II. Individuals Neither the Civil Union Act nor House Bill 5170 protected individuals who provide services to help celebrate weddings or professional services to help sustain marriages. This omission threatens serious harm to a religious minority while conferring no real benefits on same-sex couples. Same-sex couples will rarely if ever actually want such personalized services from providers who fundamentally disapprove of their relationship, and they will nearly always be able to readily obtain such services from others who are happy to serve them. The Wilson groups letter offers carefully crafted language that would address this problem in a way that is fair to both sides. It would protect only individuals and very small businesses, and only when some other business is reasonably available to provide the same service. But it would help ensure that people committed to a traditional view of marriage are not driven from the field. III. Conclusion Enacting the right to same-sex marriage with generous exemptions for religious dissenters is the right thing to do. It respects the right of conscience for all sides. It protects the liberty of same-sex couples and the liberty of religious dissenters. Adding religious liberty protections is obviously better for the traditional religious believers; on a few moments reflection, it is also better for the same-sex couples. Because it is better for both sides, it is better for Illinois. The language proposed in the Wilson groups letter would protect the liberty of both sides. We urge you to add it to any bill on same-sex marriage. At the very least, the bills should incorporate the language of 75/15 in the Religious Freedom Protection and Civil Union Act. Each of us signs this letter in our individual capacities; none of our employers takes a position on the issues we address. We are available to discuss these issues further if that would be of any benefit. There are rumors of a bill modeled on the New York statute; that statute has gaps and ambiguities that we would be happy to discuss. Professor Laycock will be traveling in early January, but can be reached at his e-mail, or by cell phone at 512-656-1789. Very truly yours, Thomas C. Berg James Oberstar Professor of Law & Public Policy University of St. Thomas (Minnesota) Douglas Laycock Robert E. Scott Distinguished Professor of Law and Professor of Religious Studies University of Virginia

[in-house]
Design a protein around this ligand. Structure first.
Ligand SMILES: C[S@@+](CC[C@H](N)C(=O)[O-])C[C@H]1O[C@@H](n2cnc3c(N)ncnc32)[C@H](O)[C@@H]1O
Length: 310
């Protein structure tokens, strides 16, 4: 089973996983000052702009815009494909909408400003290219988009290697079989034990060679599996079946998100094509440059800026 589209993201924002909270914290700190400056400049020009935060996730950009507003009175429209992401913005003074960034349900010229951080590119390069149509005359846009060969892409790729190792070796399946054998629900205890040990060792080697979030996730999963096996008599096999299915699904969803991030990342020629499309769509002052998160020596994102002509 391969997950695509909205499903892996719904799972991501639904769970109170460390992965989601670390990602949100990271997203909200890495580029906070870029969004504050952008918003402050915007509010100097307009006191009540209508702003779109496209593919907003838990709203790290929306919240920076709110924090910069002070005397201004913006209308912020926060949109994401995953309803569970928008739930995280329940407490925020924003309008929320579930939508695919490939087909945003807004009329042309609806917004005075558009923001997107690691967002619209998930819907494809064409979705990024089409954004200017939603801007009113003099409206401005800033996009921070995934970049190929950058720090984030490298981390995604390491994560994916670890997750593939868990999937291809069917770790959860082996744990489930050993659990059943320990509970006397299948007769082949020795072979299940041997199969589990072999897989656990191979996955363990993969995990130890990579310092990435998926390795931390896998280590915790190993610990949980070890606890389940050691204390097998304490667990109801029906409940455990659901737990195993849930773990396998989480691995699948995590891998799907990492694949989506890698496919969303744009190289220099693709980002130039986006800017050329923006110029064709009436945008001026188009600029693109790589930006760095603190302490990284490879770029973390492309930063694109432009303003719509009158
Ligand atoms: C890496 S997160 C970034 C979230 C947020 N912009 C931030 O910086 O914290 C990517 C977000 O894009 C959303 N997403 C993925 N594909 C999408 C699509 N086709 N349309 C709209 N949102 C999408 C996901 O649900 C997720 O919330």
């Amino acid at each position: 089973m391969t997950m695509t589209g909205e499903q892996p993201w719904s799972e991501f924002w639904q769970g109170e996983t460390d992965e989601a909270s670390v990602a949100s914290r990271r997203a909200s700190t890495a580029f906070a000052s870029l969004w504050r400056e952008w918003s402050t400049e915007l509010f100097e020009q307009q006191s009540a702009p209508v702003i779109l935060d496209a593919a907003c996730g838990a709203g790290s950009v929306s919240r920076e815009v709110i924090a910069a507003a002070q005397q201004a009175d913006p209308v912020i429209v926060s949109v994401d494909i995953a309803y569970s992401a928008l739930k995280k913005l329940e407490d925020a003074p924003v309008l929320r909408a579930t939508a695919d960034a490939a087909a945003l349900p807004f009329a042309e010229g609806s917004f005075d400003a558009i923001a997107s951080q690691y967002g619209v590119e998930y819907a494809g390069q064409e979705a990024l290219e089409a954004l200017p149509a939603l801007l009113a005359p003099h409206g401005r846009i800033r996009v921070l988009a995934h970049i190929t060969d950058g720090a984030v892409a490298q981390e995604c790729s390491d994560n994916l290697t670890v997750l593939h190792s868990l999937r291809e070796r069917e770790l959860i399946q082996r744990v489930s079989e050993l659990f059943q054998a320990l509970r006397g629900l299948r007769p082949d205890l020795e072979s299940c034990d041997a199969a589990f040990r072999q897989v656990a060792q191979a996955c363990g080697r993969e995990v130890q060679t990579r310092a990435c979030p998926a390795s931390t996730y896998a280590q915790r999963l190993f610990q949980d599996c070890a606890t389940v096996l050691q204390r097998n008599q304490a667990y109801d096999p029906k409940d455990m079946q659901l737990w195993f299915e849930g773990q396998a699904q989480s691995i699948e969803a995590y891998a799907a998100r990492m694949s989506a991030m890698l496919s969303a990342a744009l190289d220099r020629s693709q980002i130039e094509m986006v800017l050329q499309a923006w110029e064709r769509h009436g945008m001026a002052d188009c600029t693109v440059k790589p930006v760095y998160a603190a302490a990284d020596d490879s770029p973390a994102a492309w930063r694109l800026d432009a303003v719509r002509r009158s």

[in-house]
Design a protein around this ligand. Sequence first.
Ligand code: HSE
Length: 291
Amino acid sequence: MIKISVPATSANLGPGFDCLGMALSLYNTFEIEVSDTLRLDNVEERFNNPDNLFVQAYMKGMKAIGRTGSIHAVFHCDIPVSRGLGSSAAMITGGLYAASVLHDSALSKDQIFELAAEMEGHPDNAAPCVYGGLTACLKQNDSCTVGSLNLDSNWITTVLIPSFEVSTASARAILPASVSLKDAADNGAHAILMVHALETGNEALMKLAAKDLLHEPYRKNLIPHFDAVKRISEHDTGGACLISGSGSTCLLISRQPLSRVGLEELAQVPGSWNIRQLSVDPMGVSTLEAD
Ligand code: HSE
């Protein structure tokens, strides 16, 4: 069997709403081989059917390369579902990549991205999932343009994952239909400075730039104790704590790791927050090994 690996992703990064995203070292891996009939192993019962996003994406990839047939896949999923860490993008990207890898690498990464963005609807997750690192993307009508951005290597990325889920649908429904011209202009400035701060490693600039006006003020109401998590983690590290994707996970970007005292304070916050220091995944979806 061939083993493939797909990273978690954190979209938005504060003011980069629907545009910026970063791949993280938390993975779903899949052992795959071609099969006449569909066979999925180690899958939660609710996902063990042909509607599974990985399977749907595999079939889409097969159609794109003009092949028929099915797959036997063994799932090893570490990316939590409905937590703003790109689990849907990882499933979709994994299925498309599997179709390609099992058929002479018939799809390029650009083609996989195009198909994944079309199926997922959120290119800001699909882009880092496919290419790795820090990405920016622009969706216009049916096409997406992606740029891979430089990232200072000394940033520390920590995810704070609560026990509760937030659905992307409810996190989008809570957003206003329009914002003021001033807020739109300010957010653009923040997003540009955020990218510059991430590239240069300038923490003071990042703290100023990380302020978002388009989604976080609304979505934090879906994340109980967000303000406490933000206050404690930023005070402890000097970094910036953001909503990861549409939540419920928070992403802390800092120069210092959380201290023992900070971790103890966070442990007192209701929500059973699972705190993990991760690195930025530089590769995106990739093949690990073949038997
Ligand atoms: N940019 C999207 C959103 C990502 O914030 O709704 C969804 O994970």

Bruce S. Ledewitz Professor of Law Duquesne University Michael Perry Robert W. Woodruff Professor of Law Emory University

Christopher C. Lund Assistant Professor of Law Wayne State University